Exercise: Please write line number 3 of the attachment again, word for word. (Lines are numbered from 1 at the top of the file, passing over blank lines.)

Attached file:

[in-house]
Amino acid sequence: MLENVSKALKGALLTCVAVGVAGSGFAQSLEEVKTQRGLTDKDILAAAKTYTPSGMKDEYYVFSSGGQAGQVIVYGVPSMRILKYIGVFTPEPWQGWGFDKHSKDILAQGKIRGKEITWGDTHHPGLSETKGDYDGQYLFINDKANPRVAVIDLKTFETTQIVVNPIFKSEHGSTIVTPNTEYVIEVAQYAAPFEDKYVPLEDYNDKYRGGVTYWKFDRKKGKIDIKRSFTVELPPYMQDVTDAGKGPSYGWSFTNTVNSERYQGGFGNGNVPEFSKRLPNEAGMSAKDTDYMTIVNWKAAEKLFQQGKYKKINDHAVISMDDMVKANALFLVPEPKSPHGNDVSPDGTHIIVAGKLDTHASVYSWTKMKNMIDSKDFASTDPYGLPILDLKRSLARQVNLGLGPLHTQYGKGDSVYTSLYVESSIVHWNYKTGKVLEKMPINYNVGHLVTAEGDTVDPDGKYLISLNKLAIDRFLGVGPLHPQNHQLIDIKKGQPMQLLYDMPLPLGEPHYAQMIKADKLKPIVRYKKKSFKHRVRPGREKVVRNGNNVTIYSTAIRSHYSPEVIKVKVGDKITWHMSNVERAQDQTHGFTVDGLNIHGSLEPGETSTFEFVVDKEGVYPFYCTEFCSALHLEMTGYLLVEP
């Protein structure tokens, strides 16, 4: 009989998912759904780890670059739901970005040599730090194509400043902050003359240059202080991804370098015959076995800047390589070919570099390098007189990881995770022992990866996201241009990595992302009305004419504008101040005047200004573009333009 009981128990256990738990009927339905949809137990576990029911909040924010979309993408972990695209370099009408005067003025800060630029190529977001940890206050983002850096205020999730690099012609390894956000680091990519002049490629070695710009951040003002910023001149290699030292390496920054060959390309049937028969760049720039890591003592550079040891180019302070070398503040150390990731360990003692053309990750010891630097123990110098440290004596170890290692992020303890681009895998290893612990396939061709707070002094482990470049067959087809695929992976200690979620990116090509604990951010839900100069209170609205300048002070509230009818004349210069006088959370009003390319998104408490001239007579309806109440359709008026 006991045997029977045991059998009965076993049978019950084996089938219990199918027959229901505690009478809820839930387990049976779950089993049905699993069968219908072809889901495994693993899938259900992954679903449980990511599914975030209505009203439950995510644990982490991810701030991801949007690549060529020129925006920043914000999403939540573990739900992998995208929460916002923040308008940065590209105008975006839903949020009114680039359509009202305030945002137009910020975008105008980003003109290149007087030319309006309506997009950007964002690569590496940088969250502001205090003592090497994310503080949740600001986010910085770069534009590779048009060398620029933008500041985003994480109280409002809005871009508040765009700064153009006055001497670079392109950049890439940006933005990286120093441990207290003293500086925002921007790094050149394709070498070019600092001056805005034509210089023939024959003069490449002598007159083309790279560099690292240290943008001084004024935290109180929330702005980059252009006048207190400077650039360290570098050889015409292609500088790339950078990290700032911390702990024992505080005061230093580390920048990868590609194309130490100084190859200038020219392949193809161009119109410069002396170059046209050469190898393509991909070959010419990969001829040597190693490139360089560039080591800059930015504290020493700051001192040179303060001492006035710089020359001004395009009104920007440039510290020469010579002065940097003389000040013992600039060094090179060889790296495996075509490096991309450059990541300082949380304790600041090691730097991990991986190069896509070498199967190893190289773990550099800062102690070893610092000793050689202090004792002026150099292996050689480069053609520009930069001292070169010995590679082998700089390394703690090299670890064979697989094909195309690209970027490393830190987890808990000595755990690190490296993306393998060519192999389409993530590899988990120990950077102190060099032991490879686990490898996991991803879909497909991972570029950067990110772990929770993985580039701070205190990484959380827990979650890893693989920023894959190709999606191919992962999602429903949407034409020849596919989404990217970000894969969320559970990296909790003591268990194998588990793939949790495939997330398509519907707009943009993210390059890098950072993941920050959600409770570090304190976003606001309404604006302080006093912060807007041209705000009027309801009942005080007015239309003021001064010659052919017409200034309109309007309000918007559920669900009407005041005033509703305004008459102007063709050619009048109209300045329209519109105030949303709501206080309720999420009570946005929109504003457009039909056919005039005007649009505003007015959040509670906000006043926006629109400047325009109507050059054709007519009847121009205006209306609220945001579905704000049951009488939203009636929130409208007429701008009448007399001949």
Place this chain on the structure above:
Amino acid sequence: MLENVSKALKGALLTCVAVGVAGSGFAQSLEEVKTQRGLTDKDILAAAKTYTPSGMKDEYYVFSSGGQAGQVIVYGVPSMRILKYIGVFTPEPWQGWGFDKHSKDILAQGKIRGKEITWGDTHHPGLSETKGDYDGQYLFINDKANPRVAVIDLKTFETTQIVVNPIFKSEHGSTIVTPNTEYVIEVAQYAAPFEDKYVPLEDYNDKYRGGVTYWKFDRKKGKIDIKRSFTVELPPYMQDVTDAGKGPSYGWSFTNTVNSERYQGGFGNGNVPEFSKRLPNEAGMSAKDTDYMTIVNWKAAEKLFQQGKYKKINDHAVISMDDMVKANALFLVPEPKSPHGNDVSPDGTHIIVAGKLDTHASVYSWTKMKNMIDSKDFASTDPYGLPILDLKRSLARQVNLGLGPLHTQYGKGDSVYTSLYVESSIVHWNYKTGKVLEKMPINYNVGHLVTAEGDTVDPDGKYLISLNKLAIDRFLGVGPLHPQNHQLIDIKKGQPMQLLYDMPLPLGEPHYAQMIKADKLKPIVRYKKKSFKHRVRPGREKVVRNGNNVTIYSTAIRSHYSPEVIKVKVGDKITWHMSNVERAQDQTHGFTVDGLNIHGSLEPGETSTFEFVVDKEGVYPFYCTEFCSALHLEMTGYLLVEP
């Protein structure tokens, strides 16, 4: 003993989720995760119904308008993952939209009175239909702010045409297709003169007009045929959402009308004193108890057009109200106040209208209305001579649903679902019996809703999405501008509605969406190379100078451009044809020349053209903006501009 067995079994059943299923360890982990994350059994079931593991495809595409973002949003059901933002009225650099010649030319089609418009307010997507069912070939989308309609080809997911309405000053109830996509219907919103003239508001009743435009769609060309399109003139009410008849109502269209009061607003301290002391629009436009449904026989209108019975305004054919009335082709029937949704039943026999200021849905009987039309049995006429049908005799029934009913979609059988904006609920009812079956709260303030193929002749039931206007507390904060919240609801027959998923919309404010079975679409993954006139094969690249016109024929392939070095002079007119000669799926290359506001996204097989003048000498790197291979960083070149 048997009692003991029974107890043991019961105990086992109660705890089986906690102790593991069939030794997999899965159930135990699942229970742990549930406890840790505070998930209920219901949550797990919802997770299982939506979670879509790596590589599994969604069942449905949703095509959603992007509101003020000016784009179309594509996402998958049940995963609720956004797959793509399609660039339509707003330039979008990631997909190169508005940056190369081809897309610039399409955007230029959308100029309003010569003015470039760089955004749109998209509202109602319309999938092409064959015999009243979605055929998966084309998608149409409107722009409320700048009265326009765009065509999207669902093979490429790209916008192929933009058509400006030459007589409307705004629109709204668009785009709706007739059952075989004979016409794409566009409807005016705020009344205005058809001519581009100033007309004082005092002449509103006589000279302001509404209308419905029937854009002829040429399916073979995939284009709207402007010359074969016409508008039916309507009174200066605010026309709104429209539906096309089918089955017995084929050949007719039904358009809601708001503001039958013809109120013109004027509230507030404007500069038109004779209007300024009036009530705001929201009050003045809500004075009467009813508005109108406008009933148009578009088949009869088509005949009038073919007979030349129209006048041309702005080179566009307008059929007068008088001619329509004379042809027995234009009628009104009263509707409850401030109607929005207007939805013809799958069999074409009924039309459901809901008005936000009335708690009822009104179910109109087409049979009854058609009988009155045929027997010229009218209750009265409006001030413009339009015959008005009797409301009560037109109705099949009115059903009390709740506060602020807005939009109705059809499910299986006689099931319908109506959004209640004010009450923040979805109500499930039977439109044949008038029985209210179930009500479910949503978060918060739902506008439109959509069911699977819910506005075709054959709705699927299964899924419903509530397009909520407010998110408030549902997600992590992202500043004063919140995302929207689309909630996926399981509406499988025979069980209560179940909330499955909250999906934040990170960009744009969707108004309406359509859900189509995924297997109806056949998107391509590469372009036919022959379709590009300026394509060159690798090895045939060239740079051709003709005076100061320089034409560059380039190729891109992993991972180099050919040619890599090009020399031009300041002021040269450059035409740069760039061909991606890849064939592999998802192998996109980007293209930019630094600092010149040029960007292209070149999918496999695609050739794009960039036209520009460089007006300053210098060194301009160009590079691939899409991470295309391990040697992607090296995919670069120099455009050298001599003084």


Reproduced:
């Protein structure tokens, strides 16, 4: 009989998912759904780890670059739901970005040599730090194509400043902050003359240059202080991804370098015959076995800047390589070919570099390098007189990881995770022992990866996201241009990595992302009305004419504008101040005047200004573009333009 009981128990256990738990009927339905949809137990576990029911909040924010979309993408972990695209370099009408005067003025800060630029190529977001940890206050983002850096205020999730690099012609390894956000680091990519002049490629070695710009951040003002910023001149290699030292390496920054060959390309049937028969760049720039890591003592550079040891180019302070070398503040150390990731360990003692053309990750010891630097123990110098440290004596170890290692992020303890681009895998290893612990396939061709707070002094482990470049067959087809695929992976200690979620990116090509604990951010839900100069209170609205300048002070509230009818004349210069006088959370009003390319998104408490001239007579309806109440359709008026 006991045997029977045991059998009965076993049978019950084996089938219990199918027959229901505690009478809820839930387990049976779950089993049905699993069968219908072809889901495994693993899938259900992954679903449980990511599914975030209505009203439950995510644990982490991810701030991801949007690549060529020129925006920043914000999403939540573990739900992998995208929460916002923040308008940065590209105008975006839903949020009114680039359509009202305030945002137009910020975008105008980003003109290149007087030319309006309506997009950007964002690569590496940088969250502001205090003592090497994310503080949740600001986010910085770069534009590779048009060398620029933008500041985003994480109280409002809005871009508040765009700064153009006055001497670079392109950049890439940006933005990286120093441990207290003293500086925002921007790094050149394709070498070019600092001056805005034509210089023939024959003069490449002598007159083309790279560099690292240290943008001084004024935290109180929330702005980059252009006048207190400077650039360290570098050889015409292609500088790339950078990290700032911390702990024992505080005061230093580390920048990868590609194309130490100084190859200038020219392949193809161009119109410069002396170059046209050469190898393509991909070959010419990969001829040597190693490139360089560039080591800059930015504290020493700051001192040179303060001492006035710089020359001004395009009104920007440039510290020469010579002065940097003389000040013992600039060094090179060889790296495996075509490096991309450059990541300082949380304790600041090691730097991990991986190069896509070498199967190893190289773990550099800062102690070893610092000793050689202090004792002026150099292996050689480069053609520009930069001292070169010995590679082998700089390394703690090299670890064979697989094909195309690209970027490393830190987890808990000595755990690190490296993306393998060519192999389409993530590899988990120990950077102190060099032991490879686990490898996991991803879909497909991972570029950067990110772990929770993985580039701070205190990484959380827990979650890893693989920023894959190709999606191919992962999602429903949407034409020849596919989404990217970000894969969320559970990296909790003591268990194998588990793939949790495939997330398509519907707009943009993210390059890098950072993941920050959600409770570090304190976003606001309404604006302080006093912060807007041209705000009027309801009942005080007015239309003021001064010659052919017409200034309109309007309000918007559920669900009407005041005033509703305004008459102007063709050619009048109209300045329209519109105030949303709501206080309720999420009570946005929109504003457009039909056919005039005007649009505003007015959040509670906000006043926006629109400047325009109507050059054709007519009847121009205006209306609220945001579905704000049951009488939203009636929130409208007429701008009448007399001949």